11 February 2019
Ireland has the third highest rate of overfishing in Europe with quotas coming in at more than 20 per cent above scientific advice, a new EU-wide report has found.
The annual Landing the Blame report from the London-based NGO New Economics Foundation (NEF) analyses fishing quotas – or Total Allowable Catches (TACs) – to see if they are set above scientific advice.
Fisheries ministers from all EU member states meet every December to set the TACs for Europe’s North East Atlantic area fish stocks. The report found that EU member states will be fishing 312,000 tonnes above scientific advice in 2019 despite an EU goal to end overfishing by 2020.
According to the NEF report this goal is unlikely to be achieved with numerous countries setting quotas well above advised levels. Sweden tops this year’s overfishing league table with over 50 per cent of its Atlantic quota above scientific advice, followed by the UK at 24 per cent, the report found.
With Atlantic quotas set at almost 22 per cent above scientific advice, Ireland ranks in third place, dropping from first in the NEF’s ranking last year.
Despite moving down the leader board from first place last year, the level of overfishing allowed for has actually increased from 31,127 tonnes last year to 34,052 tonnes above scientific advice for 2019.
The Minister for the Marine, Michael Creed TD, said that December’s negotiations led to a “balanced outcome” to “support the livelihoods of fishermen” and also “respect the scientific advice for stocks”.
The “victory for Irish fishermen” outlined by Mr Creed, according to Fintan Kelly of BirdWatch Ireland, is nothing more than a “disaster for the health of Irish fisheries and the marine environment on which they depend”.
With less than a year to hit the bloc’s overfishing deadline, Mr Kelly said that it is worrying that “Ireland is going backwards having fought to allow even more overfishing in 2019”. In total, he said, Ireland has negotiated for quotas 730,000 tonnes above scientific advice.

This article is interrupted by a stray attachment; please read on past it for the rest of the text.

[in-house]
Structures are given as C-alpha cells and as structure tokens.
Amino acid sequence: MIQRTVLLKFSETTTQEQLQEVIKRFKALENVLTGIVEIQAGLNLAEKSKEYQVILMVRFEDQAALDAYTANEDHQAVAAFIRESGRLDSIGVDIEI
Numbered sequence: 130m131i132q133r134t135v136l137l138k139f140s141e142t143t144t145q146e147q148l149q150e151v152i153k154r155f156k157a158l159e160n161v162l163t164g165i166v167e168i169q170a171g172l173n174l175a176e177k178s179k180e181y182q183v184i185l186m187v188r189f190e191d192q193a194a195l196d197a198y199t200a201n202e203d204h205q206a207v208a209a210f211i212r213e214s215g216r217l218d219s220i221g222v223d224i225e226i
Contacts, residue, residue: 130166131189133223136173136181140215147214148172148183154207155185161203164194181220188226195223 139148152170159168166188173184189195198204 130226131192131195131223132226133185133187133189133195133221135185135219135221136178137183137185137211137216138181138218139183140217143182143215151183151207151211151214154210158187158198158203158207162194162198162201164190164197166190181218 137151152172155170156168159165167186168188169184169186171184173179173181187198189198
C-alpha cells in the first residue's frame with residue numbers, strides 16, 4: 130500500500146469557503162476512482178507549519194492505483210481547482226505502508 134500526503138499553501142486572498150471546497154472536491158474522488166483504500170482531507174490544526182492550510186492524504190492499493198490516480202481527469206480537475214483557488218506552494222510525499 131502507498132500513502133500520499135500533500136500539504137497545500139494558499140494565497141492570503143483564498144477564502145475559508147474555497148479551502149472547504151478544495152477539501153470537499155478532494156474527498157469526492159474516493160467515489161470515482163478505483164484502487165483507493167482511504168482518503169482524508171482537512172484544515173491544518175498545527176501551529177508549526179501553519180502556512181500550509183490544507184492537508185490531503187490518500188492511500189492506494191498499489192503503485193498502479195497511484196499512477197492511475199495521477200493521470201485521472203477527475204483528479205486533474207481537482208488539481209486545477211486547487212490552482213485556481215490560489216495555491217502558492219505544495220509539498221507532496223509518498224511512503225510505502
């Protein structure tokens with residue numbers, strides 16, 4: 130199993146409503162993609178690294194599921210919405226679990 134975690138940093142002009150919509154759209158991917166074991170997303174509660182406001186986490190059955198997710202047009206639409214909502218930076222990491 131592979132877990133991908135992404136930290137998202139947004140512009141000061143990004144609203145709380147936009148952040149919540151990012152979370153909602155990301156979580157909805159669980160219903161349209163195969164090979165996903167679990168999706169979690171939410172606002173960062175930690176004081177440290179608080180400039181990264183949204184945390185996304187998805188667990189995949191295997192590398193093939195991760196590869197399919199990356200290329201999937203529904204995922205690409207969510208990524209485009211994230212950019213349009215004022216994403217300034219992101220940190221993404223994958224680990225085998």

“Unless steps are taken to address the preferential access afforded by the Irish Government to the fishing industry to key negotiations and a lack of transparency around decision making then this commons resource that belongs to us all will continue to be abused,” he said.
According to Mike Walker, the Irish representative for the fisheries NGO Our Fish, Ireland’s negotiating team failed to “calculate the cost of past and continued overfishing” to both the environment and long-term livelihoods of out coastal communities.
“Ending overfishing takes both political courage and vision,” he said. “Ending overfishing is the only way Michael Creed can truly act in the interests of coastal livelihoods, and the environment.”
Rebecca Hubbard, program director of Our Fish, added that analysis carried out by the group shows that two-thirds of all EU fishing limits has been continuously set above scientific advice since 2001.
This “willful overfishing”, she said, shows that Europe’s fisheries ministers are acting on behalf of short-term industry profits to “the detriment of the long-term health of the marine environment”.
“Ending overfishing is the clearest, simplest thing fisheries ministers can do to help restore ocean health – and every day EU ministers waste, decreases the chance for environmental, economic and social benefits in the future,” she said.
“If we allow fish populations to recover from overfishing they will increase in size and after only a couple fishing seasons produce much greater catches”, said Griffin Carpenter, a senior researcher at the NEF and lead author of the Landing the Blame report.
“The resulting abundance makes for a healthier and more vibrant marine environment, but also makes good economic sense as more fish means larger catches, higher incomes, and more fish dinners,” he said.
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